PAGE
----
A good thriller consists of a few important elements: provocative characters, an interesting and unpredictable plot, a touch of humor and, of course, unexpected scenes to jolt your adrenal glands. Syfy’s new show, “Helix,” encomposses all of those components and far more. “Helix,” which follows the Atlanta CDC to Arctic Biosystems, an Arctic research facility, was released on Jan. 10 of this year.
The show begins in an unknown destination with a computerized voice stating, “contamination,” repeatedly, while two men in HAZMAT suits walk into a room with several battered and dead men on the floor. One is still alive, and when a man in a HAZMAT suit gives him water, the injured man’s throat begins to bulge and twist in sinister ways. We then meet Dr. Alan Farragut (Billy Campbell), the director of the CDC’s outbreak field team who is training a new batch of field workers with sass, humor, history and the brutal truth of how scary the world of epidemiology can be.
When it is revealed that Alan’s brother, Peter (Neil Napier), a researcher at Arctic Biosystems, has been infected with a mysterious retroviral disease, Peter promptly flies out to investigate the disease outbreak that has stricken him as well as a few other employees. Peter and his team are perplexed and scared by what they see at this facility, and it soon becomes obvious that a project was being covered up that could have transmitted the disease to other workers. Other notable characters are Dr. Julia Walker (Dr. Farragut’s ex-wife and co-worker, played by Kyra Zagorsky), Dr. Sarah Jordan (Dr. Farragut’s assistant and possible crush, played by Jordan Hayes) and Dr. Doreen Boyle (a sarcastic and brilliant veterinarian pathologist, played by Catherine Lemieux).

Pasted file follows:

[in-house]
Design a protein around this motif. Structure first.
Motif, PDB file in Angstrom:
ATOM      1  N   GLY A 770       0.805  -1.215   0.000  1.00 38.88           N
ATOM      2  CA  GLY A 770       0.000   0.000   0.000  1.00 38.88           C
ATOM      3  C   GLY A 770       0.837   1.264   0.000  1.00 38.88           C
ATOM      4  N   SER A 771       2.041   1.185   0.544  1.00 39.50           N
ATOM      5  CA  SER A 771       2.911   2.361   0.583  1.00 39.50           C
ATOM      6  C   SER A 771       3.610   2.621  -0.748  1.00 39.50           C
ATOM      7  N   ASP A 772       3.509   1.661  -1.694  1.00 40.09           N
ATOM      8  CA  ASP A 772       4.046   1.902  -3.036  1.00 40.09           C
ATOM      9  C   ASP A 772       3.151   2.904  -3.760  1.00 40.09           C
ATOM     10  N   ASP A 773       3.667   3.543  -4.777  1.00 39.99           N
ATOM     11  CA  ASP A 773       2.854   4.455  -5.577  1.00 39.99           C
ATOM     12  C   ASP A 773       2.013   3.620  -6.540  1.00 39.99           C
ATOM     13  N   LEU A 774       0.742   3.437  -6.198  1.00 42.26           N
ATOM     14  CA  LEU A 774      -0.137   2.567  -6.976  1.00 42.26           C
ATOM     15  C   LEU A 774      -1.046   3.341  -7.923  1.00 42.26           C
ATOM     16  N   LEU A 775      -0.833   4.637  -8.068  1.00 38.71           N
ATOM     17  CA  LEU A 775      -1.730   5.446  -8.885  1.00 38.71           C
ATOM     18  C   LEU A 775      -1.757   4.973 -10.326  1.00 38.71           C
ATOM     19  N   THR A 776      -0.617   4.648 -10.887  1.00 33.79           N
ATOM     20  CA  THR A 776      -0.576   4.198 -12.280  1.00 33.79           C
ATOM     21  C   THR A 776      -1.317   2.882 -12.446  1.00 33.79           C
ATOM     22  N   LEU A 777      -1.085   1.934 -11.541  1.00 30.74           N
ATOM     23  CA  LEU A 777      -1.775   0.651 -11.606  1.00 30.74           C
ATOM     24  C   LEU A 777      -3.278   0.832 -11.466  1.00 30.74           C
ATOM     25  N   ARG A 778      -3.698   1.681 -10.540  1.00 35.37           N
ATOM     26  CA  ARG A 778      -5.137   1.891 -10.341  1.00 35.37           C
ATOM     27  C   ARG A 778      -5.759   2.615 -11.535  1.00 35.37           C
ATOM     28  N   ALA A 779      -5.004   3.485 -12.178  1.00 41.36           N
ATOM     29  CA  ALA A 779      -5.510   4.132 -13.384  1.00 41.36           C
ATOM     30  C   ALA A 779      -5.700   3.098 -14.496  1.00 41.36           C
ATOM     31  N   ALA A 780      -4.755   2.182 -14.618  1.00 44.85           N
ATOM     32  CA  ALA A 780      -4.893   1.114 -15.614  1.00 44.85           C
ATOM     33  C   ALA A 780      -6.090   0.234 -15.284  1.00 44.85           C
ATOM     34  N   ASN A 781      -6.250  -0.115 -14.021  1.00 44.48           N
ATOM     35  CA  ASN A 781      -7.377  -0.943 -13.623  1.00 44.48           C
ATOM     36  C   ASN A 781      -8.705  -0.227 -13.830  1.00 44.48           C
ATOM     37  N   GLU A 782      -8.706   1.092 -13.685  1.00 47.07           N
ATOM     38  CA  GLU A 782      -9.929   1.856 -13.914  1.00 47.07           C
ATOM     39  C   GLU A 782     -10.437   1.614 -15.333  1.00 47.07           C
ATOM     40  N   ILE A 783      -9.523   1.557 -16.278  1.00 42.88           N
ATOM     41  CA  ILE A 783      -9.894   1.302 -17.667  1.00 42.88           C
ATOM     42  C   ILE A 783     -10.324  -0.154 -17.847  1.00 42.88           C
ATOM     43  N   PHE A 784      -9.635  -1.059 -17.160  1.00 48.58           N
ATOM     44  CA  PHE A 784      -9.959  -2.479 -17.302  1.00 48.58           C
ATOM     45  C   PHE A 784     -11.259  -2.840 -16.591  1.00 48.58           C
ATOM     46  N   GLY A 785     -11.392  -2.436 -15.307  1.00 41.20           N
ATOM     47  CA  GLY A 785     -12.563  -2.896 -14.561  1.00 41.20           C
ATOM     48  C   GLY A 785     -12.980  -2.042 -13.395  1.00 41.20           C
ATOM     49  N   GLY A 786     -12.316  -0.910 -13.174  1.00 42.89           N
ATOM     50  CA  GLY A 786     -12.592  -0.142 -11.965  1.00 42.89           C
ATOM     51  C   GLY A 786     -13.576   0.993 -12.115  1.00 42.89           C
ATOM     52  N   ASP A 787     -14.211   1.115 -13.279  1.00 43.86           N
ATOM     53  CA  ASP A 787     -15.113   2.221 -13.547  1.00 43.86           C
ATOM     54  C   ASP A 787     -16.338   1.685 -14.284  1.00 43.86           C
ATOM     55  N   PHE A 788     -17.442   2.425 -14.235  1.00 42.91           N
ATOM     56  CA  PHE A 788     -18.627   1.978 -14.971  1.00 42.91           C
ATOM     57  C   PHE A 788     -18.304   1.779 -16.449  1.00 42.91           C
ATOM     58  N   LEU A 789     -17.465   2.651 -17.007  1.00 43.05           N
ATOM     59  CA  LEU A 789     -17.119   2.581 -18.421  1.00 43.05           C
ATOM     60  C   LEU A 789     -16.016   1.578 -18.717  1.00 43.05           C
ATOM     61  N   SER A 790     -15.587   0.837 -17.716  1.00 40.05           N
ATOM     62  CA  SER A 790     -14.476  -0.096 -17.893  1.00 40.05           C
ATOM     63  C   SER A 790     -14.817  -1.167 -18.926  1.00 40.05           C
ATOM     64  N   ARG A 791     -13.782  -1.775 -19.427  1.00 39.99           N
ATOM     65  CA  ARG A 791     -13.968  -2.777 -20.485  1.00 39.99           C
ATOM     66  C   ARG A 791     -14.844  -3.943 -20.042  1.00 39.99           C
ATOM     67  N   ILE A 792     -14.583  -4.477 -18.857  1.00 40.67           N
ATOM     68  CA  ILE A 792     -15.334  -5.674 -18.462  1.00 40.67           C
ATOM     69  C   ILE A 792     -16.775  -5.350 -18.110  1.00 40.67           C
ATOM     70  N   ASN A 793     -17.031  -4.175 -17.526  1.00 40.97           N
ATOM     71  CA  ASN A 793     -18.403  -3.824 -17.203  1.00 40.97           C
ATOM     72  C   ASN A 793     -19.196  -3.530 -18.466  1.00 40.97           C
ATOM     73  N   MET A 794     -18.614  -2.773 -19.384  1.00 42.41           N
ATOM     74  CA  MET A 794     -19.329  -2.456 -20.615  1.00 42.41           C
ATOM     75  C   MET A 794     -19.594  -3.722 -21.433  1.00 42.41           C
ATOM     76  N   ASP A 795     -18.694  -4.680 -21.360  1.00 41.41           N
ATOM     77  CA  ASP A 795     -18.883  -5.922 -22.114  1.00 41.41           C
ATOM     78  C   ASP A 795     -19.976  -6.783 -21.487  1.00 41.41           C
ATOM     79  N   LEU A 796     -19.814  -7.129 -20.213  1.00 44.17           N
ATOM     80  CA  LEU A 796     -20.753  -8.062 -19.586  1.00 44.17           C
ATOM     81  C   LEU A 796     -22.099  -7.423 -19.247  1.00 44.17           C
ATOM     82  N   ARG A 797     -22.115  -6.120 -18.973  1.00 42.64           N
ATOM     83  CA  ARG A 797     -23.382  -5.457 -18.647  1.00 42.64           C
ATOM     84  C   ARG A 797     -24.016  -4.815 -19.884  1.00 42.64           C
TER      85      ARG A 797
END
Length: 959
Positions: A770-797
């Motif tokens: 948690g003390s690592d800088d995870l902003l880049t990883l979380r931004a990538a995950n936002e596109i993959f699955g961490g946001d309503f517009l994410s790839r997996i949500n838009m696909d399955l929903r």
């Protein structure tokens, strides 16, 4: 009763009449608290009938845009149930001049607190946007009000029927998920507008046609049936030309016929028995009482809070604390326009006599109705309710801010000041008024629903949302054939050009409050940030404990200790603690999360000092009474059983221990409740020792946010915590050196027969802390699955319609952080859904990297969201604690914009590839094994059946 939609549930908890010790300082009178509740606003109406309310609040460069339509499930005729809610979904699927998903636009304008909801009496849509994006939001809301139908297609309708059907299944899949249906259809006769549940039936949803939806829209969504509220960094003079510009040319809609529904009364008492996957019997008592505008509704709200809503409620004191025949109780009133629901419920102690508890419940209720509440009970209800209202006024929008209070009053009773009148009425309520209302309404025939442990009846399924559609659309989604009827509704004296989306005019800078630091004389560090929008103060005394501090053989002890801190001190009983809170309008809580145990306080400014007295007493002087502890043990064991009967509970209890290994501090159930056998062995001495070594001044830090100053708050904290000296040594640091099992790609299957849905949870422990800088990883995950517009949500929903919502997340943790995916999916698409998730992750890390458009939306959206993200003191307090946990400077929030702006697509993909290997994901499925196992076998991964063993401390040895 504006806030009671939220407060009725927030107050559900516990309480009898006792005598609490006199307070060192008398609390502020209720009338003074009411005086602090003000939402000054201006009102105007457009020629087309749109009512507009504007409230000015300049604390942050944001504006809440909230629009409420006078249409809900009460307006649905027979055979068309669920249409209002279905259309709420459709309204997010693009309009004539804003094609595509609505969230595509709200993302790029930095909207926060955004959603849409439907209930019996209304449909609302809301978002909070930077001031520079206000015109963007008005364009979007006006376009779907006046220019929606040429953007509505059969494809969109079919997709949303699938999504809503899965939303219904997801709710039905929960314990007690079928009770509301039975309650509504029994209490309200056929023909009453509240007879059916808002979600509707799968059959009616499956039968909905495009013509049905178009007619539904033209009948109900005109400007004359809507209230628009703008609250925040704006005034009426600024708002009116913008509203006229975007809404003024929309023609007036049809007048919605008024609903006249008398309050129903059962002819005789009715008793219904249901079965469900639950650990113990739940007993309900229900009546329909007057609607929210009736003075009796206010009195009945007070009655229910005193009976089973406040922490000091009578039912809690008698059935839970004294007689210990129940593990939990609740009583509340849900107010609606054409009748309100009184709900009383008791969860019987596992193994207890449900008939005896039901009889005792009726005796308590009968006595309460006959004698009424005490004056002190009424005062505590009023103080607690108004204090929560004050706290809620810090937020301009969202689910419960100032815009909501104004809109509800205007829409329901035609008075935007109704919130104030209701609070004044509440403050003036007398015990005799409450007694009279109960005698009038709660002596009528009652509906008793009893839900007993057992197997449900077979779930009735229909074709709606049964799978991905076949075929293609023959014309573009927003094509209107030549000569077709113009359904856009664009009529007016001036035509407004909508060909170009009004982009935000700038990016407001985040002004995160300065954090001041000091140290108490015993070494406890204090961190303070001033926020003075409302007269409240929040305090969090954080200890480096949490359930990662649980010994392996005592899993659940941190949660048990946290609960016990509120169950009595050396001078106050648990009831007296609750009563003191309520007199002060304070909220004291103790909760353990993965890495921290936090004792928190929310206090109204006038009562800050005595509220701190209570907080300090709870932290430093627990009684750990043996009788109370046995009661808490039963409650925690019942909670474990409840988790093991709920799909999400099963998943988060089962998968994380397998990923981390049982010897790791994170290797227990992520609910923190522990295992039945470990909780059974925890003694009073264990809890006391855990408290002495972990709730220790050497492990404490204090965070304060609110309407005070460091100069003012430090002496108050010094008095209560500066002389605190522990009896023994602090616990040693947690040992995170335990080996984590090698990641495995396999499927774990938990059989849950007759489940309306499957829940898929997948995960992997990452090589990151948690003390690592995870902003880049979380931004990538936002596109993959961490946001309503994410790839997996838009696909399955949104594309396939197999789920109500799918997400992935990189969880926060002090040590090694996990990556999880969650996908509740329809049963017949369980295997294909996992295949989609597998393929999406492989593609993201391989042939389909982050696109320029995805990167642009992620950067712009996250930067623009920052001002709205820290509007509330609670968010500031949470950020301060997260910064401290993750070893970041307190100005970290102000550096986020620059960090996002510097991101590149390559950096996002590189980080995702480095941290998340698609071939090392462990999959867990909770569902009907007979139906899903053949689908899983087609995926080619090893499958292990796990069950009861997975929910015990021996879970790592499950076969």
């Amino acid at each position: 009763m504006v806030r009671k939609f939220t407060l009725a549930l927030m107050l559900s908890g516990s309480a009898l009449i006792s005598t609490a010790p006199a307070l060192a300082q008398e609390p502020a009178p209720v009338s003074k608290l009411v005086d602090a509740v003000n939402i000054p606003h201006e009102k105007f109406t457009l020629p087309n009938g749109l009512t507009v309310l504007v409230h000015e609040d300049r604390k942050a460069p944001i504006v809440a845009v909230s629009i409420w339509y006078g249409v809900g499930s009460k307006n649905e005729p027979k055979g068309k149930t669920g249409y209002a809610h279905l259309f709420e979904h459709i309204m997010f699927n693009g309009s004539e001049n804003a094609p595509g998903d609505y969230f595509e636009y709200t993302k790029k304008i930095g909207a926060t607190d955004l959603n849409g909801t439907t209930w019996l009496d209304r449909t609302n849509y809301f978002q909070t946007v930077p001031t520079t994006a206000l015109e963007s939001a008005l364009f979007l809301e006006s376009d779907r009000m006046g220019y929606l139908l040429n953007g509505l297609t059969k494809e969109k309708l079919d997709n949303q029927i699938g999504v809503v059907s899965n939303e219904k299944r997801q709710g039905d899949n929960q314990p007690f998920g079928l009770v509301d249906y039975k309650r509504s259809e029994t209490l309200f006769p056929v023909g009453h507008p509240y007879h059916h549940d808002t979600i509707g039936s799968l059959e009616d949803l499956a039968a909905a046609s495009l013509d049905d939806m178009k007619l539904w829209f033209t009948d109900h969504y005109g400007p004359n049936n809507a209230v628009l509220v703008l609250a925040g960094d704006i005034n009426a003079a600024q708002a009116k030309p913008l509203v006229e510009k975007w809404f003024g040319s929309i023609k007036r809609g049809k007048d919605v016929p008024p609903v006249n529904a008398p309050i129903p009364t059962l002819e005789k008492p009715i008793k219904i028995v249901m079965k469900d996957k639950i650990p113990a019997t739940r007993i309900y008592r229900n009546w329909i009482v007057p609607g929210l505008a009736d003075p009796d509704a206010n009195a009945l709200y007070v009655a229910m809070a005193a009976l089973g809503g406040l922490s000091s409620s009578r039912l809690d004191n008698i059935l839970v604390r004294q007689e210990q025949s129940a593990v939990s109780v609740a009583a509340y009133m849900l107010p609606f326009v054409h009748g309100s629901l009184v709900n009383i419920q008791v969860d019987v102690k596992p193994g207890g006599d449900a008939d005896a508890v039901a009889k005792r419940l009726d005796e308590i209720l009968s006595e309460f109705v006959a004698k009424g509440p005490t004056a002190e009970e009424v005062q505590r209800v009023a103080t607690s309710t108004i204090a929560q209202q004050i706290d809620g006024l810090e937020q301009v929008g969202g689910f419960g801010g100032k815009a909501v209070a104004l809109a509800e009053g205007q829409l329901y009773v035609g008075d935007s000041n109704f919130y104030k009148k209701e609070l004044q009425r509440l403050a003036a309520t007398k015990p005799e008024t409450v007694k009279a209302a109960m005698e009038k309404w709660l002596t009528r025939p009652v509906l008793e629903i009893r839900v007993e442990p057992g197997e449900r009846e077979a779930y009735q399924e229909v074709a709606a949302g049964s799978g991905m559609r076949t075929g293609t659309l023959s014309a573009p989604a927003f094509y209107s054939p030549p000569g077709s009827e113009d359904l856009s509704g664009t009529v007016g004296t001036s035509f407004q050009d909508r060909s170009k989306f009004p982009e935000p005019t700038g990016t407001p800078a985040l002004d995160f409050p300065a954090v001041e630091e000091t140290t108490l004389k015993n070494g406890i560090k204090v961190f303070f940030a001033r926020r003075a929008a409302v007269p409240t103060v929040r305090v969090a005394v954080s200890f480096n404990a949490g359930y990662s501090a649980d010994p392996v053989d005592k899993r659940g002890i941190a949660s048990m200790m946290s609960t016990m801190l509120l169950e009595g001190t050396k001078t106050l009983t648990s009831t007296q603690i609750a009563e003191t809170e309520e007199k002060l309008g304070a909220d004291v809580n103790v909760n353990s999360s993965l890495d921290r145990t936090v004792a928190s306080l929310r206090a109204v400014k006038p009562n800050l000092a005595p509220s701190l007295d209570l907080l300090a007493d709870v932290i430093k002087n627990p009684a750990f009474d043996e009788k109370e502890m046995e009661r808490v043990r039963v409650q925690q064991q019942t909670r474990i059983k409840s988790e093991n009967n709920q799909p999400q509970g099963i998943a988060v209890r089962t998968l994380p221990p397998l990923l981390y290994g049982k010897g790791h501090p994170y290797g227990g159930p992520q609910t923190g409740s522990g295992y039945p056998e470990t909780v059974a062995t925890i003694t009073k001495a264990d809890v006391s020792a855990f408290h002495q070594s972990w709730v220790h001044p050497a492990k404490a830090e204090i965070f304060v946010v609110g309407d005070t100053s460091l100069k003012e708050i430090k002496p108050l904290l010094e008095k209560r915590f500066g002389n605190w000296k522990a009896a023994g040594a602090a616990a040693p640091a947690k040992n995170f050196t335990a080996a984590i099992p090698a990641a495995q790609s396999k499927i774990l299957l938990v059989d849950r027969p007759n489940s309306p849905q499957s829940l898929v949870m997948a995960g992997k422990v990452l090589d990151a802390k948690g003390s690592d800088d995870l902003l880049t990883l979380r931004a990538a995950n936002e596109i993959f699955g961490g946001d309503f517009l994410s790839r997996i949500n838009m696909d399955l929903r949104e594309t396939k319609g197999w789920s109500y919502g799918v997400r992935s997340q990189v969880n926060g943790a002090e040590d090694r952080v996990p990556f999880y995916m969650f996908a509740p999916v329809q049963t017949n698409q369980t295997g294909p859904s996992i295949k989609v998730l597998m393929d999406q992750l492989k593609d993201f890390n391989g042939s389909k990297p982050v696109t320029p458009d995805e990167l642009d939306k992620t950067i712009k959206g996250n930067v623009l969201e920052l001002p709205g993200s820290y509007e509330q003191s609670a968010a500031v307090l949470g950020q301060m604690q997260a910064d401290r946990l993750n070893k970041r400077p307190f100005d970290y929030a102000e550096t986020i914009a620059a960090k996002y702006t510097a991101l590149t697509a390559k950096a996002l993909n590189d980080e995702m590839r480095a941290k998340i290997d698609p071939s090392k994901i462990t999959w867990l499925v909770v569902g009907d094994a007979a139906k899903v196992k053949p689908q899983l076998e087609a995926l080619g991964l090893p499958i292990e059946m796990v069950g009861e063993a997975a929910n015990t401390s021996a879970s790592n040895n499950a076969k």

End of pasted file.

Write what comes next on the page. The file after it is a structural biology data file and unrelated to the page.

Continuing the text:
Although the episodes are only 40 minutes long, they are packed with activity, insight into the characters’ lives and a surprise attack or maimed body. Although there are some graphic and potentially upsetting parts of the show, it is not scary per se and should be suitable for most viewers (with the exception of those who fear blood or other bodily substances). According to the creator of “Helix,” Cameron Porsandeh, each episode is supposed to be a day long, and the season will consist of 13 episodes, covering just under two weeks of scintillating events.
This show, although centered around science, epidemiology and pathology, has something for everyone. There is an imminent romance in the works already predicted by a character. While the characters are constantly working in a specific field of work, humor is employed in most scenes. Even viewers with a limited to nonexistent background or interest in science will be sucked into the show thanks to its fascinating plot and surprising events. It is easy to fall in love with some characters, to become interested in the field workers’ discoveries and to become ensnared in the mysterious Arctic Biosystems.